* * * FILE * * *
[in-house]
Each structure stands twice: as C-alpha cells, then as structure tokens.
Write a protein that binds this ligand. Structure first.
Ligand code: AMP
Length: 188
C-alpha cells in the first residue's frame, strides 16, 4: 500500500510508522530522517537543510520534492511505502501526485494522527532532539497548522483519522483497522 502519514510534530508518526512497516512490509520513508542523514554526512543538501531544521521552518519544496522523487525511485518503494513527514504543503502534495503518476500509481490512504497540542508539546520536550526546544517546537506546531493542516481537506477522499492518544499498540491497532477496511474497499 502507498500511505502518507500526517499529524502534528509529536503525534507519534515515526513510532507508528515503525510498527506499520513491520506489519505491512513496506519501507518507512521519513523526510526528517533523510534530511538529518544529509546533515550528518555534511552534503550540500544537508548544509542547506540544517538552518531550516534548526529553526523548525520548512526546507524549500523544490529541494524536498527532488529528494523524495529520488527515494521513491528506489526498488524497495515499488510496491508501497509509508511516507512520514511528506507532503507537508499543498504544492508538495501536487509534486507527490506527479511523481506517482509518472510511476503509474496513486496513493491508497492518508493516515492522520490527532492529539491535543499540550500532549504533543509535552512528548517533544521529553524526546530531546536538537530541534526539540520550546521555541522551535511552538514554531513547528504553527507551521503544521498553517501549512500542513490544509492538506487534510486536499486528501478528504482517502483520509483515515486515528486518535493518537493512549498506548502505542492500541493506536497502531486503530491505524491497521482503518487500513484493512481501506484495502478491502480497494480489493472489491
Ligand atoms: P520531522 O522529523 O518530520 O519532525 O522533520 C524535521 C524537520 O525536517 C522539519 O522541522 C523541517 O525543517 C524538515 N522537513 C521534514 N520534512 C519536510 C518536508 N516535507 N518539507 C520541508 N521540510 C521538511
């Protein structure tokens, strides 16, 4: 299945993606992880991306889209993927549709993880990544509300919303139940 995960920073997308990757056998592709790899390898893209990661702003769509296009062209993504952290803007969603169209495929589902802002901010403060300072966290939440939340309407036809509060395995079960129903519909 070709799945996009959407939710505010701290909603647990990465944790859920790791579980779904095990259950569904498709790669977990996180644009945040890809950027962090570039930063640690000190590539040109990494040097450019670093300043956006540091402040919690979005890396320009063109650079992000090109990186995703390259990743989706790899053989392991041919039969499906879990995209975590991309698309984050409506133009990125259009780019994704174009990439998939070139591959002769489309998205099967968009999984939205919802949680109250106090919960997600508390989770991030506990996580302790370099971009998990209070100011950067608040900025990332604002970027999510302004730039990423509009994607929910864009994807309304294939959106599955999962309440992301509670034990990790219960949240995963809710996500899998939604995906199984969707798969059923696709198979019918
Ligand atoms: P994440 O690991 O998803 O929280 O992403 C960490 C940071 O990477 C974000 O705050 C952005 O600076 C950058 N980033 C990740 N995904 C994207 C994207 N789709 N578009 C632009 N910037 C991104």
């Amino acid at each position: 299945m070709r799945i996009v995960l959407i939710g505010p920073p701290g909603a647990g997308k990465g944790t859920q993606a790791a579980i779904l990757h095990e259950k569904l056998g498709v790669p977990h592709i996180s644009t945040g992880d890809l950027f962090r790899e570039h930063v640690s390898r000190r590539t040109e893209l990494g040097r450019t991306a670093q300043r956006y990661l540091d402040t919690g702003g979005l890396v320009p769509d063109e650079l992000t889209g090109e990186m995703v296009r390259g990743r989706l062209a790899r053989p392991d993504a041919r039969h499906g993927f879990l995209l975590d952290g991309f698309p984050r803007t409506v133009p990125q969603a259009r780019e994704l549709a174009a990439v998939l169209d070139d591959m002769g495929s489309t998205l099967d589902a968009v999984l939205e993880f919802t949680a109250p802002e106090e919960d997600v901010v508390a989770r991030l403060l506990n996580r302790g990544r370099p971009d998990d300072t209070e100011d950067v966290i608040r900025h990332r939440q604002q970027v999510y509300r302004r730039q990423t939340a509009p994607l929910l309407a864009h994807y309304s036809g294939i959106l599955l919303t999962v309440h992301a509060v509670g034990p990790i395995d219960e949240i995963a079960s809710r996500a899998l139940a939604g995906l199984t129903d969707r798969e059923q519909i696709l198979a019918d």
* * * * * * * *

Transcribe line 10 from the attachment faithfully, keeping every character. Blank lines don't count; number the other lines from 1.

């Amino acid at each position: 299945m070709r799945i996009v995960l959407i939710g505010p920073p701290g909603a647990g997308k990465g944790t859920q993606a790791a579980i779904l990757h095990e259950k569904l056998g498709v790669p977990h592709i996180s644009t945040g992880d890809l950027f962090r790899e570039h930063v640690s390898r000190r590539t040109e893209l990494g040097r450019t991306a670093q300043r956006y990661l540091d402040t919690g702003g979005l890396v320009p769509d063109e650079l992000t889209g090109e990186m995703v296009r390259g990743r989706l062209a790899r053989p392991d993504a041919r039969h499906g993927f879990l995209l975590d952290g991309f698309p984050r803007t409506v133009p990125q969603a259009r780019e994704l549709a174009a990439v998939l169209d070139d591959m002769g495929s489309t998205l099967d589902a968009v999984l939205e993880f919802t949680a109250p802002e106090e919960d997600v901010v508390a989770r991030l403060l506990n996580r302790g990544r370099p971009d998990d300072t209070e100011d950067v966290i608040r900025h990332r939440q604002q970027v999510y509300r302004r730039q990423t939340a509009p994607l929910l309407a864009h994807y309304s036809g294939i959106l599955l919303t999962v309440h992301a509060v509670g034990p990790i395995d219960e949240i995963a079960s809710r996500a899998l139940a939604g995906l199984t129903d969707r798969e059923q519909i696709l198979a019918d």